The Burr  
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Growing up With Ontario County

 

Me at work and play

 

I lived in only one place throughout my childhood, Orleans,

Phelps Township, Ontario County, New York.

 

According to the "Historical and Statistical Gazetteer of Vew York

State" for the year 1860 the population was 218. The year I was

born, 1934, saw the closing of both the Post Office and the

Railroad Station. The hamlet, once a thriving village had been in

decline since the fire of 1910.

 

Early settlers in Orleans were Wheats, Fergusons, Shekels,

and the Baggerlys, many of whom brought and kept slaves

until they were outlawed in New York in 1826.

 

The Current Baptist Church is the third on the site. It

burned in 1845 and in 1910.

 

In 1845 the records show Orleans with two churches, two

hotels, three shoe shops, three blacksmith shops, a potash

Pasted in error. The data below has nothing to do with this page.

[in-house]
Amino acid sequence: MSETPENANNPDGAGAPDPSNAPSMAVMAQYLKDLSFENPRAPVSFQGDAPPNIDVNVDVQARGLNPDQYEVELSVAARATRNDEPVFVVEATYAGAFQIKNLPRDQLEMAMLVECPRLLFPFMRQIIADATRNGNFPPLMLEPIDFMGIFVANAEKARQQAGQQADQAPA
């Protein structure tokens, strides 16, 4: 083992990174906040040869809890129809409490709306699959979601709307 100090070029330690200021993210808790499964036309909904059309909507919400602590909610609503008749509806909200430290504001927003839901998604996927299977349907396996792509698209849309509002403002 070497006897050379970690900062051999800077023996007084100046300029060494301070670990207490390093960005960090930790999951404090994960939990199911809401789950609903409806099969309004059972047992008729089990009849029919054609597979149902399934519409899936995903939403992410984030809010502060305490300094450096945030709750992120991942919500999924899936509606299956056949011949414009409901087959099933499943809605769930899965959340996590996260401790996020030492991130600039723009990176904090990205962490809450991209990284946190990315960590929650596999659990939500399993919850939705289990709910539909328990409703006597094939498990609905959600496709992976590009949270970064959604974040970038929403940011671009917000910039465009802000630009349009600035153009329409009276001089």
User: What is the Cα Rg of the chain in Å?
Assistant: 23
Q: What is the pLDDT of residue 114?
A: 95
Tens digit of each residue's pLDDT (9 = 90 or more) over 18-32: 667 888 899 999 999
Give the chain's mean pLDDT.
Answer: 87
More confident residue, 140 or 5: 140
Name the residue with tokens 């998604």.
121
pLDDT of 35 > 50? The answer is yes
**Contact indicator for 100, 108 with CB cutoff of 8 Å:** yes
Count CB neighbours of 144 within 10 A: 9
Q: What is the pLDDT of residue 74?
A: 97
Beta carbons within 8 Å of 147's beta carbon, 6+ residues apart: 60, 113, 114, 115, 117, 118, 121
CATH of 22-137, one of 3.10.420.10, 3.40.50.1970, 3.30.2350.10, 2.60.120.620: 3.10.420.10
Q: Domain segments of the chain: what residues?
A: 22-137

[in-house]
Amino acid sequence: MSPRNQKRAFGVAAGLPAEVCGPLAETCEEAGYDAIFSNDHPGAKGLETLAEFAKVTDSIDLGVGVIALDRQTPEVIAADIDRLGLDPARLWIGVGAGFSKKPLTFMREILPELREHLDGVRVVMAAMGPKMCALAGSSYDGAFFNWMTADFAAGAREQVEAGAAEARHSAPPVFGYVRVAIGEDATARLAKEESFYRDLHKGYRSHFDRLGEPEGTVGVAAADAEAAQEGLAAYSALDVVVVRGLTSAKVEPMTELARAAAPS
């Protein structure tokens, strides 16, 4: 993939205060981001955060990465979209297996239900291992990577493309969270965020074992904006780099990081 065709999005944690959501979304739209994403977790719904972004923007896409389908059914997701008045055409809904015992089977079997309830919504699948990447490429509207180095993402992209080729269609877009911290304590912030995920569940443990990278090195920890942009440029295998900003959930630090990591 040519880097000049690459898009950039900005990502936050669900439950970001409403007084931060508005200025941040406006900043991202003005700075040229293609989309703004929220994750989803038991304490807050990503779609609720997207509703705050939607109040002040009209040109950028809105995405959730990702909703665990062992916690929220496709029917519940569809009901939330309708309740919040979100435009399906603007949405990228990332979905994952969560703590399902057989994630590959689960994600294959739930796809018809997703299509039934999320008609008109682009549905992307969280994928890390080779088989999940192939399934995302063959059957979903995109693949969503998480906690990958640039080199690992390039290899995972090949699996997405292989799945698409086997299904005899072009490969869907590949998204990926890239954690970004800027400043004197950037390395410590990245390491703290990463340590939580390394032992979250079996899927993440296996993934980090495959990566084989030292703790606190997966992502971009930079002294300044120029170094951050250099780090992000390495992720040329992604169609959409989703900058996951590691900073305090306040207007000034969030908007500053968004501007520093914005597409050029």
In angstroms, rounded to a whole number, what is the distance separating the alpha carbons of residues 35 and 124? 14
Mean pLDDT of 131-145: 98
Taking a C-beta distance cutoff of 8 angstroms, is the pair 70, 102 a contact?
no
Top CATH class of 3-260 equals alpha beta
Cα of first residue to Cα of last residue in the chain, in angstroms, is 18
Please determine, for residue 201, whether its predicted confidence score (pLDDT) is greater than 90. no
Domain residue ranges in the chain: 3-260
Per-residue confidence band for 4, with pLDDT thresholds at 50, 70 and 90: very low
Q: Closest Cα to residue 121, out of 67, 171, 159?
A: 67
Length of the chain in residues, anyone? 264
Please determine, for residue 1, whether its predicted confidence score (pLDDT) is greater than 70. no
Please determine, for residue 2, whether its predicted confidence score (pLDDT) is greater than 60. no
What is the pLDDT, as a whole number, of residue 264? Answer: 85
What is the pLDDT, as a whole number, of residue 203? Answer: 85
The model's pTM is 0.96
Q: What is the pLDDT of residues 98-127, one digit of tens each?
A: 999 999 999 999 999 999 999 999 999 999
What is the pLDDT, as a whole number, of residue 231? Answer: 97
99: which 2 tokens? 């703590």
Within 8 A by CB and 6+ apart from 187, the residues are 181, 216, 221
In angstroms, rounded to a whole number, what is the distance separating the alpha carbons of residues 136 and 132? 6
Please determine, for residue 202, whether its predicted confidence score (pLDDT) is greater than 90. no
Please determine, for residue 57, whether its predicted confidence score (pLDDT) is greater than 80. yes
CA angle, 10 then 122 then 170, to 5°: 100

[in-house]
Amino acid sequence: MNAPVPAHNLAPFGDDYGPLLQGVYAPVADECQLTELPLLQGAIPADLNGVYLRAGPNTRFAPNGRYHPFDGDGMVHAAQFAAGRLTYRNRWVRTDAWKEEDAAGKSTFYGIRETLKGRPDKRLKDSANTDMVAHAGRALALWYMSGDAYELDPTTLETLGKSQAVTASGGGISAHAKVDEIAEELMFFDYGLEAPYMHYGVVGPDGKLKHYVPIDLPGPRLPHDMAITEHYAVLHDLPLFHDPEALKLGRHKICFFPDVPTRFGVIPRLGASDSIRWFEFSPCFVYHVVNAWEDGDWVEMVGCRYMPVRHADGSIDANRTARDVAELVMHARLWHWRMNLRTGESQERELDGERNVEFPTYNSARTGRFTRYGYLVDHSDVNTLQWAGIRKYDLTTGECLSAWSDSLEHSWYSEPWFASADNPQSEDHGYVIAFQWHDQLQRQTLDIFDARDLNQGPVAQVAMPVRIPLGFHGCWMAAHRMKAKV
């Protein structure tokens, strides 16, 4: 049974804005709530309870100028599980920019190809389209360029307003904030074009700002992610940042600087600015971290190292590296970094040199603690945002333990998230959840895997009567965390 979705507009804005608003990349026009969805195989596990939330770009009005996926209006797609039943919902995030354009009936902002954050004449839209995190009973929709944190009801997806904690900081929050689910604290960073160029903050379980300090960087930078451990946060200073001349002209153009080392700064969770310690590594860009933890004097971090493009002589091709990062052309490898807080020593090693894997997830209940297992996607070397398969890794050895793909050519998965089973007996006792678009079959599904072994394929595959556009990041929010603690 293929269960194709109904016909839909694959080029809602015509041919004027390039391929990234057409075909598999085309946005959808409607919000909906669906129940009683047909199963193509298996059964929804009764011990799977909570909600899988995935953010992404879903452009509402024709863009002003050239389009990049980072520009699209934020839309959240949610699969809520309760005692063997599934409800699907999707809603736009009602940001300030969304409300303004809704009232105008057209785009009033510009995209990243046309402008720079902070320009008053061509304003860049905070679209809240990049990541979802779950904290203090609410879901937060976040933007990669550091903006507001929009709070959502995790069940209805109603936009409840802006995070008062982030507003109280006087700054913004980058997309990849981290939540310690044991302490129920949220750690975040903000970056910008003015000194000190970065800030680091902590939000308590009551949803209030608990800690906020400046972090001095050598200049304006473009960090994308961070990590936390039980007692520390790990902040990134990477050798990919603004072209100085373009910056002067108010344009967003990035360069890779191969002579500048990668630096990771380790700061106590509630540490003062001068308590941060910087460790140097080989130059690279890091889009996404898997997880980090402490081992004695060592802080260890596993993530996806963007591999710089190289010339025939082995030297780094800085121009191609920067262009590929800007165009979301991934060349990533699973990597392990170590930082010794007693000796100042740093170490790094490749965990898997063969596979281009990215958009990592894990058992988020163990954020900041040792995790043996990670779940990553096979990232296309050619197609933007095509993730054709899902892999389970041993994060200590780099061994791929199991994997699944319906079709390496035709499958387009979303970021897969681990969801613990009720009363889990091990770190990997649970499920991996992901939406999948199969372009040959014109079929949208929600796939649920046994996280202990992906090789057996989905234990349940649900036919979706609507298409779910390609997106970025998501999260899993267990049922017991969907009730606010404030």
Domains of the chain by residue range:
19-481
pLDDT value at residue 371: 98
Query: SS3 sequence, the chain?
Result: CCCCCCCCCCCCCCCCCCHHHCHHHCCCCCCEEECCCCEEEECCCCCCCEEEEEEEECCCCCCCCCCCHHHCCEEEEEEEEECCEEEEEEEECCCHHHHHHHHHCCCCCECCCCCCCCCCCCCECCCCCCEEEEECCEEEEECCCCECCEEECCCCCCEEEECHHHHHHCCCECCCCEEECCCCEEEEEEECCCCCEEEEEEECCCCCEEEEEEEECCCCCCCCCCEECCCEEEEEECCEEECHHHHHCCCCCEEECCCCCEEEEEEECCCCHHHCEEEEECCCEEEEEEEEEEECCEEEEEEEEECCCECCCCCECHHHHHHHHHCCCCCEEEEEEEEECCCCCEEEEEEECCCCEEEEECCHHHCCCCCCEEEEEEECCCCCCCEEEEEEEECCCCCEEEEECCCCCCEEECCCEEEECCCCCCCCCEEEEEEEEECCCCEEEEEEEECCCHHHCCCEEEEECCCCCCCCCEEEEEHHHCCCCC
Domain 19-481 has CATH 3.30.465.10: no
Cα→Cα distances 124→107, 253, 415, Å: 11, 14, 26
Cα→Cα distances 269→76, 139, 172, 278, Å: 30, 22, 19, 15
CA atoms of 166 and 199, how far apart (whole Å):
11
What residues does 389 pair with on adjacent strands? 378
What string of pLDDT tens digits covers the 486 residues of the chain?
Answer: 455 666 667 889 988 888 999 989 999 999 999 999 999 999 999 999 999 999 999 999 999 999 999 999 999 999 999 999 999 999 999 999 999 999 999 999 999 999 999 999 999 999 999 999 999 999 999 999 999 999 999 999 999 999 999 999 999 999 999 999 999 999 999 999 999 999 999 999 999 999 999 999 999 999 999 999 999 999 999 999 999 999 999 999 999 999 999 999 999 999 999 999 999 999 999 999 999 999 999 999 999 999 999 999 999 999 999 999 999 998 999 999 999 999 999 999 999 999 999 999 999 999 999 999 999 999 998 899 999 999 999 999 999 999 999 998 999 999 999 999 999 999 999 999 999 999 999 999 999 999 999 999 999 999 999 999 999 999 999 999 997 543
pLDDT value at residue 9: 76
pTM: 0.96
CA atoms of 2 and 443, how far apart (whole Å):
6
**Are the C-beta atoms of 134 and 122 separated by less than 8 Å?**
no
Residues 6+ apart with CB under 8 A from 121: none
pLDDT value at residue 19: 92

factory, a distillery, a tin shop, a tailor shop, a wood

turning shop, a harness shop, boot factory, tannery,

slaughter house, a saw mill and grist mill at the falls in

flint creek, a carding mill specializing in monks cloth and

there were three doctors and a post office.

 

The village was originally called Hardscrabble because there

were, of course, no bridges originally and it was a hard

scrabble getting from one side of town to the other, up and

down the creek banks. The inhabitants were particularly fond

of Andrew Jackson's valor in the battle of New Orleans and

shortly after the 1812 war Hardscrabble became Orleans, which

now possessed a bridge (built in 1816). One Elijah Goodale

was killed in the bridges construction.